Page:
Another fun and intense week at The Drop office. We will keep this quick, but here is what has been going on for us. Up above you can find our project poster made by the incredibly talented Yeongmin Won (Elizabeth.)
We had a great photo shoot on Monday also and learned how incredibly photogenic Tao is. It was hard to pick just one photo of him. Above you can see our final team photo, also edited by Elizabeth. While looking through the hilarious photos, we noticed some potential dance moves from the static photos. We considered making some funny GIFs, but since we are a music game, silence goes against what we are all about. So we threw together a very quick video showcasing JD’s dance moves.
A very hard decision was made this week about local vs. networked play. All along we had been preparing for both with the idea that local was the safer option. While there were a ton of positives with networked play, we decided that focusing on local play is the smart thing to do for now. Some of the biggest challenges that are introduced by committing to local play are using Xbox controllers rather than keyboard and mouse, splitscreen play, and only having one audio output.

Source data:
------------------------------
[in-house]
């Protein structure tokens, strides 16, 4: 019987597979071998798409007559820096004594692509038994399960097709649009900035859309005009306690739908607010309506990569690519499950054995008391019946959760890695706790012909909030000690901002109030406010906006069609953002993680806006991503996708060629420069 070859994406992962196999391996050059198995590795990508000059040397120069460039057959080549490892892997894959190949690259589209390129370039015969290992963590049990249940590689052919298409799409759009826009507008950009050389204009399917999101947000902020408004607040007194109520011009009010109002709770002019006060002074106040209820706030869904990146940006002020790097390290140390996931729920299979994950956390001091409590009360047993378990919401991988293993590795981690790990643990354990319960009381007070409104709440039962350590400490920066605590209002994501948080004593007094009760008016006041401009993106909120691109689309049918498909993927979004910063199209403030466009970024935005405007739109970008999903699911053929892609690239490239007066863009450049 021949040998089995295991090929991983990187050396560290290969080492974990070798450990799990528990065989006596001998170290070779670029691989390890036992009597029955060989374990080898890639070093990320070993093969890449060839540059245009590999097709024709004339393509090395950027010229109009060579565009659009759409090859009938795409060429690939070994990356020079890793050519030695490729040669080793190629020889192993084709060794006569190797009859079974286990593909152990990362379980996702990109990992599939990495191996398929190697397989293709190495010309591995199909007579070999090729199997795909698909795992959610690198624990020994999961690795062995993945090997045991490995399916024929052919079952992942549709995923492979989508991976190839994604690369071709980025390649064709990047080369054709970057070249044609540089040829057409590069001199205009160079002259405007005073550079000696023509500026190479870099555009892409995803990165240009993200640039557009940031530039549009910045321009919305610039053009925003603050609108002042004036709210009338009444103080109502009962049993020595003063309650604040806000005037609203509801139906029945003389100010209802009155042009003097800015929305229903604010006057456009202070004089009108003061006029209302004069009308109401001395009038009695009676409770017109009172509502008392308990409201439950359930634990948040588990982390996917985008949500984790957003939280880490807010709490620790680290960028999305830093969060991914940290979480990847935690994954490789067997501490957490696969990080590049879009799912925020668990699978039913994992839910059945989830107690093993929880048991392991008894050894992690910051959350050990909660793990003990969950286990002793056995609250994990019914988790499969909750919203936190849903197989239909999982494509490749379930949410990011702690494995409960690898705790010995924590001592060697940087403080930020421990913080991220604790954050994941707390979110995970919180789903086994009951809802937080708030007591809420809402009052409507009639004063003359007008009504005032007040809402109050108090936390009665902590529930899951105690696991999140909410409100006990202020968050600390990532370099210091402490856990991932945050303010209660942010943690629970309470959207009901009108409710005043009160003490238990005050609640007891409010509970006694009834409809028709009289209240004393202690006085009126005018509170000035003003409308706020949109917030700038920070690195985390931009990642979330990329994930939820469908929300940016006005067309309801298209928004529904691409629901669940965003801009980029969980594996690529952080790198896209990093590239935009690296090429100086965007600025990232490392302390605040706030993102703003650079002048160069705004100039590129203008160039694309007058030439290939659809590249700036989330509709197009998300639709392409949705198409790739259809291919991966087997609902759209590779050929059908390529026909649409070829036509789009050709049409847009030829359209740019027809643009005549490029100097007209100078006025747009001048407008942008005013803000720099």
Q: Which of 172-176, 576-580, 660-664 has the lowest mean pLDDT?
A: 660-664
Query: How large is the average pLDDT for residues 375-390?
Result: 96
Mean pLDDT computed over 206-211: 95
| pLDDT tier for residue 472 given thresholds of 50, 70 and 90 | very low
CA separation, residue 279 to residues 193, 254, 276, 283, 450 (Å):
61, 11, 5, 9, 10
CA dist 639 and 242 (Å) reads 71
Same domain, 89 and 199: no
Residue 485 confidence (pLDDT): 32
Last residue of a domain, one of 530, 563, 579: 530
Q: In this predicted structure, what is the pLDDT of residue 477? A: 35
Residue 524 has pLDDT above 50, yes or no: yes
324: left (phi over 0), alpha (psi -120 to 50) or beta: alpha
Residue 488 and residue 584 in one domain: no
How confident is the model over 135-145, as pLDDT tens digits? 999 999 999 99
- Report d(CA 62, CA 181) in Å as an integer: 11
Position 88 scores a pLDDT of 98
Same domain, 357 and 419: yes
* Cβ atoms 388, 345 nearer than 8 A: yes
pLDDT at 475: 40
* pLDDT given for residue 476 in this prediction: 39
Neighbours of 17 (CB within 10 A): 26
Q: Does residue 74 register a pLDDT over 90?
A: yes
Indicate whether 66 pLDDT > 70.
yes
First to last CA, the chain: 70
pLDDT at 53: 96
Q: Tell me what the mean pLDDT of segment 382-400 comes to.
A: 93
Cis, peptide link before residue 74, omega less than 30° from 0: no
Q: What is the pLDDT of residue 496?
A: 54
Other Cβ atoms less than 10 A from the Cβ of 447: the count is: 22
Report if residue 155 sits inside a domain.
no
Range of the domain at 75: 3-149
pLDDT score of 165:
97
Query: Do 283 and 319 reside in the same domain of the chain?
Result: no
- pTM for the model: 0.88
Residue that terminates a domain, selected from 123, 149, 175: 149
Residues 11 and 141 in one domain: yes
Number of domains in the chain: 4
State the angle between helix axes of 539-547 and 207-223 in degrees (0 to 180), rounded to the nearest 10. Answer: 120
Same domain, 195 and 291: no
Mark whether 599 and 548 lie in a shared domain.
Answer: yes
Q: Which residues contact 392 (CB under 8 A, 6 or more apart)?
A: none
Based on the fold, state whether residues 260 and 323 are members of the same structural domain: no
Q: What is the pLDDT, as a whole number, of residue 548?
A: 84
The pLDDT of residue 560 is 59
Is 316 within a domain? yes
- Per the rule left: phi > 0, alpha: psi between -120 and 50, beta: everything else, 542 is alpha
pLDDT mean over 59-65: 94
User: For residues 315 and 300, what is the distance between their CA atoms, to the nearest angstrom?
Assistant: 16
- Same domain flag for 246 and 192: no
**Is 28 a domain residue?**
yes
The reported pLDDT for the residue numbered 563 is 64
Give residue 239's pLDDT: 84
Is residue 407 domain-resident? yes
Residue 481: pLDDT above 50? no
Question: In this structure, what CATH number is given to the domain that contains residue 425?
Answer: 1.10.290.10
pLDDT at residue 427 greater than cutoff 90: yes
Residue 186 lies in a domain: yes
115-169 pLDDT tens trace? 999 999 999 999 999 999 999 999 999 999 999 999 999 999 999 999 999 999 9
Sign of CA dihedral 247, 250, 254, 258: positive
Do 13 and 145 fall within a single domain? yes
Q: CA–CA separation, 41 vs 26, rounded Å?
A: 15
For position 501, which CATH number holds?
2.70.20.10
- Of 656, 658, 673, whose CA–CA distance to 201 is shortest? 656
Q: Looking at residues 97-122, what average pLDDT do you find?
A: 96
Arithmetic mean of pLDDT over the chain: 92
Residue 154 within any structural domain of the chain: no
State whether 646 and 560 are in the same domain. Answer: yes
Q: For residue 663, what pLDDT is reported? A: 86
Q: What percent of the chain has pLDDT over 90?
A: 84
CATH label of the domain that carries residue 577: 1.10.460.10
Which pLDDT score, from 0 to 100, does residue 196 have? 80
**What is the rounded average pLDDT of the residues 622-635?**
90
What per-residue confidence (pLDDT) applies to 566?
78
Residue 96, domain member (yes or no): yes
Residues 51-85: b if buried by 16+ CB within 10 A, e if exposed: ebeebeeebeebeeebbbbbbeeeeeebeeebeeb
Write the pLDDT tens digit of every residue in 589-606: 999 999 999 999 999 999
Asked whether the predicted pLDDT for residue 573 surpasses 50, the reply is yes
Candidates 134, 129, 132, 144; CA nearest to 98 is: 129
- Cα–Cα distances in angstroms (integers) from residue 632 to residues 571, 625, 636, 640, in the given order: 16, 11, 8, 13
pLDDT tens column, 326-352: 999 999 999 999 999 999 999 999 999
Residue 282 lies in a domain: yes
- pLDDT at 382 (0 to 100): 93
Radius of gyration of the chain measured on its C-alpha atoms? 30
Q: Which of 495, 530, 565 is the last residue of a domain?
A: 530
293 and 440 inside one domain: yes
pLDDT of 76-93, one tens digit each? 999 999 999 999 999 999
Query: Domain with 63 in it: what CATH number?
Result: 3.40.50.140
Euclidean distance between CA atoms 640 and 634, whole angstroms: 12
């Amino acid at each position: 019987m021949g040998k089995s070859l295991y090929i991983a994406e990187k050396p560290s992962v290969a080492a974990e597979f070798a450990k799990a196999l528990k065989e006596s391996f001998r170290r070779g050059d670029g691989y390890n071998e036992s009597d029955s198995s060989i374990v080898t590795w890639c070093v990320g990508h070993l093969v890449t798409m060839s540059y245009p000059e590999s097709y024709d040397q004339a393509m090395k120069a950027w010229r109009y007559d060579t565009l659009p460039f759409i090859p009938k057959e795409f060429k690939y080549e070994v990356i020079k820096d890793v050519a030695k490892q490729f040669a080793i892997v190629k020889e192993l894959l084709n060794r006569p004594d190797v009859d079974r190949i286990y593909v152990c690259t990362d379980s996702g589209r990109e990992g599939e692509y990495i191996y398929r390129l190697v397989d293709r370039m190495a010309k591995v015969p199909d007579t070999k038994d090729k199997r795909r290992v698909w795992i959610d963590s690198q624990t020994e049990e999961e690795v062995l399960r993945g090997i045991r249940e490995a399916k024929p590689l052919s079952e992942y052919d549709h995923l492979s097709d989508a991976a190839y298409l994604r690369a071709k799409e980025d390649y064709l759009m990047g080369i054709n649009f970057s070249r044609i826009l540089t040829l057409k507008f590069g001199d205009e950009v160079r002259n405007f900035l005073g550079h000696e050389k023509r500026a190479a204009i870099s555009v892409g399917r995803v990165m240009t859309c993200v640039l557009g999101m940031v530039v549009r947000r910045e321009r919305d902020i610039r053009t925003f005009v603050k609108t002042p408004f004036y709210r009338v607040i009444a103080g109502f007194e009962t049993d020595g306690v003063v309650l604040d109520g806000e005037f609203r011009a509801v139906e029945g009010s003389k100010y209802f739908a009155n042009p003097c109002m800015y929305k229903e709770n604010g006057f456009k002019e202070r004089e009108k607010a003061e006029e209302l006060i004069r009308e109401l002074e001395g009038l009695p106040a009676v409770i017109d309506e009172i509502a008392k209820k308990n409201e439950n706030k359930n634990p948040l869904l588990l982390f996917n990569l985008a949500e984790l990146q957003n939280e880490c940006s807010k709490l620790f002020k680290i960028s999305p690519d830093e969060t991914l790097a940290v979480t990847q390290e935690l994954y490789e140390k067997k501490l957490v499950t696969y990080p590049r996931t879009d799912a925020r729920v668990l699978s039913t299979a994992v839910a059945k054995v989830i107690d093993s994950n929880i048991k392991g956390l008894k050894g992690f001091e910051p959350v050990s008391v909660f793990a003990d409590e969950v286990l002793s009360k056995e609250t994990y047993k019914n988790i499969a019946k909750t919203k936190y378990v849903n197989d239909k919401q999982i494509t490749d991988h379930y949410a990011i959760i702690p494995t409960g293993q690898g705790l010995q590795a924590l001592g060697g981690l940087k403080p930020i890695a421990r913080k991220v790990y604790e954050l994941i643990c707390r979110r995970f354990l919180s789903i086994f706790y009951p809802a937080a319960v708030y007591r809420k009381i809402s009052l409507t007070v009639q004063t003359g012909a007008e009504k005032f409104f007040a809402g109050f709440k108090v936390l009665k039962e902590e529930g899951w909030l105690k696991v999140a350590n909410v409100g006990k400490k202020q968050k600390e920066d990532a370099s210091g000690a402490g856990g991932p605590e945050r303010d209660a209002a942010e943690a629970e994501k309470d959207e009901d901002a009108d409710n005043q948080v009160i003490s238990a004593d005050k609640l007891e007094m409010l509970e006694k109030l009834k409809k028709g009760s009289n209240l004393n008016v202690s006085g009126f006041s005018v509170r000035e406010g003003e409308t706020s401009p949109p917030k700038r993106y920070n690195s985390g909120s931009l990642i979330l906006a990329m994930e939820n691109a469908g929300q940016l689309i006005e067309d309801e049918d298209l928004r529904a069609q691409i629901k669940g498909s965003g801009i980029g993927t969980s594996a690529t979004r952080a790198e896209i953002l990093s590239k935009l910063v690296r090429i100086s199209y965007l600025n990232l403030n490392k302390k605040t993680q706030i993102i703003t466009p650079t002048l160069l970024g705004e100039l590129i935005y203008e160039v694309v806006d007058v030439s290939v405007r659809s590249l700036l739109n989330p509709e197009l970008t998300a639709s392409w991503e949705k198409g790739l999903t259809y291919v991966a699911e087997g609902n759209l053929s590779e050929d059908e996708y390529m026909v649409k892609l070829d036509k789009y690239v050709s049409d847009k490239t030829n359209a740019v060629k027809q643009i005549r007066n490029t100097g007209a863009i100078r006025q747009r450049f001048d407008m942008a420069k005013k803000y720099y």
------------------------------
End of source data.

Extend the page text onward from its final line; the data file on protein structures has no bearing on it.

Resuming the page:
We did a lot of research about how to make Xbox controllers feel as manageable as possible. One of the most useful resources was listening to the developers of Halo and how they became one of the first successful FPS games on console: http://podbay.fm/show/399713903/e/1314229383 They start talking about the transition at about 8:45.
After experimenting with a few things and doing some research, we implemented some changes to the gameplay such as adding aim assist and reducing the sensitivity of the camera movement (especially in the vertical axis.) This helped a lot, but we are still playtesting and fine-tuning things.
This week, we also started integrating FMOD Studio and creating exhaustive plans for all of the different things we can do musically using one audio output. Right off the bat, we are having some issues with latency in FMOD Studio, making it so the beatmaps go out of sync which is a very critical issue. Back up plan would be to do everything right in Unity, but FMOD gives a lot of flexibility and added features that can aid in mixing the music better, so we are going to do our best to solve it.
That being said, we were able to deliver on the music mixing dynamically and shifting according to who was winning. Even though the beat maps were out of sync, it was an exciting moment and likely will feature into the core of our experience design the rest of the semester.
That’s it for now.
Thanks for tuning in.